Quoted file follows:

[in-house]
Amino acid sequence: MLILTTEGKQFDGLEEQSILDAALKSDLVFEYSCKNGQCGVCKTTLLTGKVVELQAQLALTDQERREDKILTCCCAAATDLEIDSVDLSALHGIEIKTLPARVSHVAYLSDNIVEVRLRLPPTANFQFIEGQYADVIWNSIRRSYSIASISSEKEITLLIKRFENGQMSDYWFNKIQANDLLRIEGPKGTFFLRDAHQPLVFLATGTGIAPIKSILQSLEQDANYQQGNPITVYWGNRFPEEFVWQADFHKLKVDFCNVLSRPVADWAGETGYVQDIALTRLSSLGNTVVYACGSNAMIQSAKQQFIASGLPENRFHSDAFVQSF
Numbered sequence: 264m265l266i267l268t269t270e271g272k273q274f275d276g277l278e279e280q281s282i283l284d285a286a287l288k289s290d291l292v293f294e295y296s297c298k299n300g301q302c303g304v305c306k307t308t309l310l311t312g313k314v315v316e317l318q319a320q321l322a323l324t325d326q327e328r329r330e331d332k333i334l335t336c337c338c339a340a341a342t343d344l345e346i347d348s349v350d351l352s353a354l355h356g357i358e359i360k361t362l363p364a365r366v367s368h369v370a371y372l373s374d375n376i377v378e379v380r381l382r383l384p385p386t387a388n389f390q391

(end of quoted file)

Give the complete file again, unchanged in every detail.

[in-house]
Amino acid sequence: MLILTTEGKQFDGLEEQSILDAALKSDLVFEYSCKNGQCGVCKTTLLTGKVVELQAQLALTDQERREDKILTCCCAAATDLEIDSVDLSALHGIEIKTLPARVSHVAYLSDNIVEVRLRLPPTANFQFIEGQYADVIWNSIRRSYSIASISSEKEITLLIKRFENGQMSDYWFNKIQANDLLRIEGPKGTFFLRDAHQPLVFLATGTGIAPIKSILQSLEQDANYQQGNPITVYWGNRFPEEFVWQADFHKLKVDFCNVLSRPVADWAGETGYVQDIALTRLSSLGNTVVYACGSNAMIQSAKQQFIASGLPENRFHSDAFVQSF
Numbered sequence: 264m265l266i267l268t269t270e271g272k273q274f275d276g277l278e279e280q281s282i283l284d285a286a287l288k289s290d291l292v293f294e295y296s297c298k299n300g301q302c303g304v305c306k307t308t309l310l311t312g313k314v315v316e317l318q319a320q321l322a323l324t325d326q327e328r329r330e331d332k333i334l335t336c337c338c339a340a341a342t343d344l345e346i347d348s349v350d351l352s353a354l355h356g357i358e359i360k361t362l363p364a365r366v367s368h369v370a371y372l373s374d375n376i377v378e379v380r381l382r383l384p385p386t387a388n389f390q391